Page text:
Cryptocurrency books aimed at novice users or non-users tend to follow a very similar pattern. Almost all start with an obligatory “history of money” and explain why fiat is, let’s say, “flawed,” — to be polite. Then Bitcoin (BTC) in introduced, wielding a fistful of shiny new tech that can address some of these issues.
The books go into mining, wallets, exchanges, Ethereum and smart contracts, altcoins and decentralized finance — also known as DeFi. Once the authors are sure that the reader is sold on the idea of buying into crypto, they wrap it nicely up with a (foregone) conclusion and settle smugly back down.
However, even equipped with the desire (and know-how) to buy their first cryptocurrency, the reader may still feel there is a barrier to taking the next step. In fact, once the purchasing decision has been made, a whole new raft of questions crop up tha a savvy crypto convert will want answered.
How much should I spend? What strategies are open to me? Should I invest or consider trading? How can I maximize gains while minimizing risk? Few books delve deep enough into such territory to give a reader the confidence to enter the market with at least half an idea of what they are doing.
Breaking the mold?
Digital Assets: Your Guide to Investing and Trading in the New Crypto Market aims to fill that gap. Written by Jonathan Hobbs, an investment industry veteran turned independent advisor, the book is divided into two parts.
Admittedly, the first part kicks off as expected with cash-bashing; but in fairness, it would be hard to leave this out of a crypto book aimed at beginners. And let’s be honest, it never gets old to hear how bad the traditional financial system really is.
Hobbs then gives the lowdown on Bitcoin, but only so much as to show that it can be trusted, that it is a hedge against inflation and that there is a reason for it to continue to appreciate in value over the long term.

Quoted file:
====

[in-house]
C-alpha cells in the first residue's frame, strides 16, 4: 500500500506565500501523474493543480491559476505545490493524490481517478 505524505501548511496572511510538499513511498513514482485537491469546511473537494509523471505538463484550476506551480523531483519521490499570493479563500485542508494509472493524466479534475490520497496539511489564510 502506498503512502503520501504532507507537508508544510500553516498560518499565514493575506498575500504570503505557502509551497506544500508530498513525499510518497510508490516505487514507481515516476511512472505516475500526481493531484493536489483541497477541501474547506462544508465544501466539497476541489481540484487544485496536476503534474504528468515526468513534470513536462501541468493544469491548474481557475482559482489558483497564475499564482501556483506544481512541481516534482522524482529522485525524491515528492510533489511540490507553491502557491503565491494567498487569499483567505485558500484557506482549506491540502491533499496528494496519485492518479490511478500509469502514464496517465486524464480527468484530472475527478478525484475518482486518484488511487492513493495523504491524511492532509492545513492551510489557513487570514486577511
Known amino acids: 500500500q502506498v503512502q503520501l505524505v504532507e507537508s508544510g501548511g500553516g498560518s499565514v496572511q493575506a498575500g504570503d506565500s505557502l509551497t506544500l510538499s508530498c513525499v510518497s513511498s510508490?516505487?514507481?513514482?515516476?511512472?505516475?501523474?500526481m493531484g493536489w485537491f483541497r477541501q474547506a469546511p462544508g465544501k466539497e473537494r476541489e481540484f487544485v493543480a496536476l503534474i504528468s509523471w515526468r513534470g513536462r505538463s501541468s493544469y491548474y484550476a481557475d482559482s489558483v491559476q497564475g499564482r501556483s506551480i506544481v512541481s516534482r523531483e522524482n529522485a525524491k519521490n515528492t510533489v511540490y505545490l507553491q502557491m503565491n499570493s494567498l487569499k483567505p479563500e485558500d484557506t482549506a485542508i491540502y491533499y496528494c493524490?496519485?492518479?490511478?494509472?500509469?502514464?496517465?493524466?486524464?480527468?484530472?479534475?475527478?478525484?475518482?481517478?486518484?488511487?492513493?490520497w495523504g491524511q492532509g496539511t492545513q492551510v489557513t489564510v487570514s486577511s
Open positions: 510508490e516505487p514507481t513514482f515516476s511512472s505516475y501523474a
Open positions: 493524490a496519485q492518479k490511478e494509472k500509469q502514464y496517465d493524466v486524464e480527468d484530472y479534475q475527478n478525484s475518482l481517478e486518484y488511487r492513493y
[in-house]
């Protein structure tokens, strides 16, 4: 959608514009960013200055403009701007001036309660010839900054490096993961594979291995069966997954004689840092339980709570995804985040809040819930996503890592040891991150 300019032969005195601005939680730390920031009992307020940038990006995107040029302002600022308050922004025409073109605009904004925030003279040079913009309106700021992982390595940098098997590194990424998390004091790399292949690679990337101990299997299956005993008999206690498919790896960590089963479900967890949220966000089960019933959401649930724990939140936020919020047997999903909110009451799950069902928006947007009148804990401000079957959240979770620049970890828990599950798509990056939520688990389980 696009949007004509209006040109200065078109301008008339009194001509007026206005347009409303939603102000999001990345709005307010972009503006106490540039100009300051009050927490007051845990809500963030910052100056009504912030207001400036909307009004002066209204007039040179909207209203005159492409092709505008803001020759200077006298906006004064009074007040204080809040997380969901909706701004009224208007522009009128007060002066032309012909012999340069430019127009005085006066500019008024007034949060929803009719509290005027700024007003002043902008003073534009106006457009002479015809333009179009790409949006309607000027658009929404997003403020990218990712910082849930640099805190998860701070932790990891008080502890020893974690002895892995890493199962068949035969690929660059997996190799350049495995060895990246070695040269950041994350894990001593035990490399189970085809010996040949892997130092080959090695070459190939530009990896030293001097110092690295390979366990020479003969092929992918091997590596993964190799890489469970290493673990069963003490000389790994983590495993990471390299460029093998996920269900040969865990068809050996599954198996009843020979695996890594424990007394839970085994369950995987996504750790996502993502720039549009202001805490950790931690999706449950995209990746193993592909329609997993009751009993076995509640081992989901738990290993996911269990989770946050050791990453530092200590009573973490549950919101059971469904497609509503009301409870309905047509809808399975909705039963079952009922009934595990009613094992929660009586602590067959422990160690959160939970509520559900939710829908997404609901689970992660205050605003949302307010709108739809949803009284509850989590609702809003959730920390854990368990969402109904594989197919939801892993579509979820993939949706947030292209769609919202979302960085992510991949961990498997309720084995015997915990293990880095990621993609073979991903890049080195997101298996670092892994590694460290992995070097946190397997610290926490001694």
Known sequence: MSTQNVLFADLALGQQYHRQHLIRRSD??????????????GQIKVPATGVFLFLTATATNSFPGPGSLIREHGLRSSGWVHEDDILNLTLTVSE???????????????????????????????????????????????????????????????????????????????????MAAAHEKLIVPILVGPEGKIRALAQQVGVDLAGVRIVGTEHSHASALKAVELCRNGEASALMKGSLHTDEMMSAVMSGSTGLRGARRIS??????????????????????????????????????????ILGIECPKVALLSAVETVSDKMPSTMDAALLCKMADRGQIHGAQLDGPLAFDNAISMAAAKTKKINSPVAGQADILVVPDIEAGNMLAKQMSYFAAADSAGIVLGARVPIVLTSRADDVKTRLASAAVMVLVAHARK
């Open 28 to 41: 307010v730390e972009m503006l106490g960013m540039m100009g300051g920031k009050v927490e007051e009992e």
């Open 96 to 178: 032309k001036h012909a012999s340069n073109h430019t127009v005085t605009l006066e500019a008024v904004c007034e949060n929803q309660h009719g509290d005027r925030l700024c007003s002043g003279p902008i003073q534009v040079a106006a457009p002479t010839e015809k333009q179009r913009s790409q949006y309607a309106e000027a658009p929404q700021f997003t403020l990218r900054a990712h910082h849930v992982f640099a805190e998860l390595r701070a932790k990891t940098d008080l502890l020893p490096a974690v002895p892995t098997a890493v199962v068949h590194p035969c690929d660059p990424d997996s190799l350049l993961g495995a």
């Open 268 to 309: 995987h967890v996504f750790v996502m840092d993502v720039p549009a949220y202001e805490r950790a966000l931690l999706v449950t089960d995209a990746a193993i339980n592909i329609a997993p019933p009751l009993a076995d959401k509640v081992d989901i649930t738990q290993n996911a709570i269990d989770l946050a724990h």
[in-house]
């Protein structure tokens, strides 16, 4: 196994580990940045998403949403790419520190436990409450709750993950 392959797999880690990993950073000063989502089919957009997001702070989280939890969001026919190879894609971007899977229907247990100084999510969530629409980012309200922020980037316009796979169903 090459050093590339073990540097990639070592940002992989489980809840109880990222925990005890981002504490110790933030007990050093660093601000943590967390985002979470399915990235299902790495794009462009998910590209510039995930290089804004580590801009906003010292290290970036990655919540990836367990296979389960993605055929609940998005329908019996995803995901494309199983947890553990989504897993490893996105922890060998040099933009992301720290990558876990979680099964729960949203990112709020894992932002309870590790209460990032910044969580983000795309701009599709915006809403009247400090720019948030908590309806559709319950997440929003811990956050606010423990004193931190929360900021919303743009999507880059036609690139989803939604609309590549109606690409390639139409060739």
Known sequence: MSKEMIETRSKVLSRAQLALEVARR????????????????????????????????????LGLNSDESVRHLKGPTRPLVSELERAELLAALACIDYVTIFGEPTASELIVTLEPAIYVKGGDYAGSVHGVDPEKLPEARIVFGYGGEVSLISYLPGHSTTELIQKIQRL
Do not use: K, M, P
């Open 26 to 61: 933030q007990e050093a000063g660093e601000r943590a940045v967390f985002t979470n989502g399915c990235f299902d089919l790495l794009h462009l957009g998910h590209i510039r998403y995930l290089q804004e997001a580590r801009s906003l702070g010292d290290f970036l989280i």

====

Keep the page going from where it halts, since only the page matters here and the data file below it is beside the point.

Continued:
Ethereum and DeFi are similarly explained from an investor’s perspective, such as how money can be made through staking tokens on lending platforms, trading derivatives or providing exchange liquidity.
Part One is rounded out with a couple of chapters on how the range and accessibility of crypto products have much improved, for both institutional and retail investors. The development of institutional-grade custody solutions and crypto-exposed funds and trusts has finally opened the floodgates to an increasing amount of institutional and corporate money.
Improvements in the security and functionality of retail exchanges and wallet solutions, along with the rise of DeFi, cater to the needs of individual investors like never before, and this gets us to the point at which we are left off by most of the other books.
Saving for a rainy day
Luckily, this is where Digital Assets is just getting started. The longer Part Two deals with all the nitty-gritty on trading and investing, starting with the question of how much of one’s assets should be held in crypto.
Hobbs explains the importance of a diverse investment portfolio and compares the historical returns on various proportions of stocks, and having up to 10% in Bitcoin. Certain readers may be dismayed to hear that due to crypto’s volatility, he does not recommend putting too much of one’s nest egg into it.
Digital Assets also provides examples showing the effect that rebalancing a portfolio can have on reducing risk and exposure to volatility.
The book continues on to crypto investment strategies, covering the ever-popular HODLing, dollar-cost averaging and the more aggressive value averaging. The potential results of each are illustrated with examples using real historical data over various time frames.
And then, it gets started with the big kid stuff…
Make the trade
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